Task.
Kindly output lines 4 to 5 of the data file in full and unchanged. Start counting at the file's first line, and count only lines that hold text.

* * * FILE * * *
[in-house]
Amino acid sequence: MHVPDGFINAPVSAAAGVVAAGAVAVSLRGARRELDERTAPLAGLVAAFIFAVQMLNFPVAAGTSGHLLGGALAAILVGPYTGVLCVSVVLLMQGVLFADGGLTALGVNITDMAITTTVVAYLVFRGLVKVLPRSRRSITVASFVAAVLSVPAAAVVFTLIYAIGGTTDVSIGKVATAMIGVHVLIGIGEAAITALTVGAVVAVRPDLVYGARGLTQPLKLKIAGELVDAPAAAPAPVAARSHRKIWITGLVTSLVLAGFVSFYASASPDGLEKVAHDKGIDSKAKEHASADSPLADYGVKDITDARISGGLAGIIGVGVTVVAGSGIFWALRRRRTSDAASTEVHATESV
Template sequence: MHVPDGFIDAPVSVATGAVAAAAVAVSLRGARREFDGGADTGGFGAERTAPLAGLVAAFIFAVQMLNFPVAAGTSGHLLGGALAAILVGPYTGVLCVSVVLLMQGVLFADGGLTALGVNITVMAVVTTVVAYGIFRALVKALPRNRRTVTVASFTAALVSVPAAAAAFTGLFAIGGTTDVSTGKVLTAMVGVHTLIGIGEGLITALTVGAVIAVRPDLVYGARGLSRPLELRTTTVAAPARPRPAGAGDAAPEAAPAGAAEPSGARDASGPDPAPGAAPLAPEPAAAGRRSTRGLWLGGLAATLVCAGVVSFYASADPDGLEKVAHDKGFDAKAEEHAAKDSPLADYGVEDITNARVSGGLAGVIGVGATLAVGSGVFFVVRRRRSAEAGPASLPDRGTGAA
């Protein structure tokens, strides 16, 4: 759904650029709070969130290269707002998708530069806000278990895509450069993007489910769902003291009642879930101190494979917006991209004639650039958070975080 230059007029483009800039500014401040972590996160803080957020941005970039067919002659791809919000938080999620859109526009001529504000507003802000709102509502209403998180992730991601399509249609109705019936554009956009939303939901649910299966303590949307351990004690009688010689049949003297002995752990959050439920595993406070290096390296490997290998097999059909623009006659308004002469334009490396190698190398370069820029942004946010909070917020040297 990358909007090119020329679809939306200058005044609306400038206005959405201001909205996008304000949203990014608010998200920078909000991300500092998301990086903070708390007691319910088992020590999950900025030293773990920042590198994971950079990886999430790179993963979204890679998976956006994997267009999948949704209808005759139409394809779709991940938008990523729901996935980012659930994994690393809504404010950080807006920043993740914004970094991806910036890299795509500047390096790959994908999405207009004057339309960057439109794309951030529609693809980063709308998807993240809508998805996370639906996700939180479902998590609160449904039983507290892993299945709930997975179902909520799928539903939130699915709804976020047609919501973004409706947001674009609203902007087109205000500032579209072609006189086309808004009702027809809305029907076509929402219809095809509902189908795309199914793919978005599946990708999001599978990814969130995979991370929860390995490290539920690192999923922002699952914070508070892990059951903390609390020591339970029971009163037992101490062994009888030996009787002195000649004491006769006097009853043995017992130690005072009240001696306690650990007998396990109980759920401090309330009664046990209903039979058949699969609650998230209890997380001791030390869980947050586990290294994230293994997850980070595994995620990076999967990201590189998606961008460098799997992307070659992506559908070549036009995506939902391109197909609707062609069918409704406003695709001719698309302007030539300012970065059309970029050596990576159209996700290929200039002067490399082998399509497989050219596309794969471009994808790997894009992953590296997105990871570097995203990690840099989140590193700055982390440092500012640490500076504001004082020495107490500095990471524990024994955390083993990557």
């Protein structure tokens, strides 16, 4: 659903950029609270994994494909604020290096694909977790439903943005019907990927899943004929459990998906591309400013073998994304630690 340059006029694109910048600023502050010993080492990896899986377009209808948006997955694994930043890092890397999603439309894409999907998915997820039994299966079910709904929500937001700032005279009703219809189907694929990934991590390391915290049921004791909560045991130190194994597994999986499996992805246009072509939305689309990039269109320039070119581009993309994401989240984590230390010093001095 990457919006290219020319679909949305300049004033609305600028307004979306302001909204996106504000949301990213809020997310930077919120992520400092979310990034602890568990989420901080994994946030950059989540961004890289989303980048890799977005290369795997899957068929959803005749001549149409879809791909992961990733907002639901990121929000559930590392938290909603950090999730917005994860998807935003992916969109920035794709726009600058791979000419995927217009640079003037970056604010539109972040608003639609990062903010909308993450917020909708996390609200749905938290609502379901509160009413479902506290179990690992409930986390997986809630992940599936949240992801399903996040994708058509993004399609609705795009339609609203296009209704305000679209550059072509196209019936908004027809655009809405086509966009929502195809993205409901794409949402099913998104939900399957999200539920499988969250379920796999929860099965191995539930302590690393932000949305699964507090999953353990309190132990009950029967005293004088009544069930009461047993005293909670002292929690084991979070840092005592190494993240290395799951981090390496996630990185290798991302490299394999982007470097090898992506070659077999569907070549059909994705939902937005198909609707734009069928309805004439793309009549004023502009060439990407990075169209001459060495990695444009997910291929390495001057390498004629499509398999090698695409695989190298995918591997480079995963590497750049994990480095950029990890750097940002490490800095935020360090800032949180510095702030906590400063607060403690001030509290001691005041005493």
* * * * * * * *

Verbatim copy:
């Protein structure tokens, strides 16, 4: 759904650029709070969130290269707002998708530069806000278990895509450069993007489910769902003291009642879930101190494979917006991209004639650039958070975080 230059007029483009800039500014401040972590996160803080957020941005970039067919002659791809919000938080999620859109526009001529504000507003802000709102509502209403998180992730991601399509249609109705019936554009956009939303939901649910299966303590949307351990004690009688010689049949003297002995752990959050439920595993406070290096390296490997290998097999059909623009006659308004002469334009490396190698190398370069820029942004946010909070917020040297 990358909007090119020329679809939306200058005044609306400038206005959405201001909205996008304000949203990014608010998200920078909000991300500092998301990086903070708390007691319910088992020590999950900025030293773990920042590198994971950079990886999430790179993963979204890679998976956006994997267009999948949704209808005759139409394809779709991940938008990523729901996935980012659930994994690393809504404010950080807006920043993740914004970094991806910036890299795509500047390096790959994908999405207009004057339309960057439109794309951030529609693809980063709308998807993240809508998805996370639906996700939180479902998590609160449904039983507290892993299945709930997975179902909520799928539903939130699915709804976020047609919501973004409706947001674009609203902007087109205000500032579209072609006189086309808004009702027809809305029907076509929402219809095809509902189908795309199914793919978005599946990708999001599978990814969130995979991370929860390995490290539920690192999923922002699952914070508070892990059951903390609390020591339970029971009163037992101490062994009888030996009787002195000649004491006769006097009853043995017992130690005072009240001696306690650990007998396990109980759920401090309330009664046990209903039979058949699969609650998230209890997380001791030390869980947050586990290294994230293994997850980070595994995620990076999967990201590189998606961008460098799997992307070659992506559908070549036009995506939902391109197909609707062609069918409704406003695709001719698309302007030539300012970065059309970029050596990576159209996700290929200039002067490399082998399509497989050219596309794969471009994808790997894009992953590296997105990871570097995203990690840099989140590193700055982390440092500012640490500076504001004082020495107490500095990471524990024994955390083993990557």
């Protein structure tokens, strides 16, 4: 659903950029609270994994494909604020290096694909977790439903943005019907990927899943004929459990998906591309400013073998994304630690 340059006029694109910048600023502050010993080492990896899986377009209808948006997955694994930043890092890397999603439309894409999907998915997820039994299966079910709904929500937001700032005279009703219809189907694929990934991590390391915290049921004791909560045991130190194994597994999986499996992805246009072509939305689309990039269109320039070119581009993309994401989240984590230390010093001095 990457919006290219020319679909949305300049004033609305600028307004979306302001909204996106504000949301990213809020997310930077919120992520400092979310990034602890568990989420901080994994946030950059989540961004890289989303980048890799977005290369795997899957068929959803005749001549149409879809791909992961990733907002639901990121929000559930590392938290909603950090999730917005994860998807935003992916969109920035794709726009600058791979000419995927217009640079003037970056604010539109972040608003639609990062903010909308993450917020909708996390609200749905938290609502379901509160009413479902506290179990690992409930986390997986809630992940599936949240992801399903996040994708058509993004399609609705795009339609609203296009209704305000679209550059072509196209019936908004027809655009809405086509966009929502195809993205409901794409949402099913998104939900399957999200539920499988969250379920796999929860099965191995539930302590690393932000949305699964507090999953353990309190132990009950029967005293004088009544069930009461047993005293909670002292929690084991979070840092005592190494993240290395799951981090390496996630990185290798991302490299394999982007470097090898992506070659077999569907070549059909994705939902937005198909609707734009069928309805004439793309009549004023502009060439990407990075169209001459060495990695444009997910291929390495001057390498004629499509398999090698695409695989190298995918591997480079995963590497750049994990480095950029990890750097940002490490800095935020360090800032949180510095702030906590400063607060403690001030509290001691005041005493």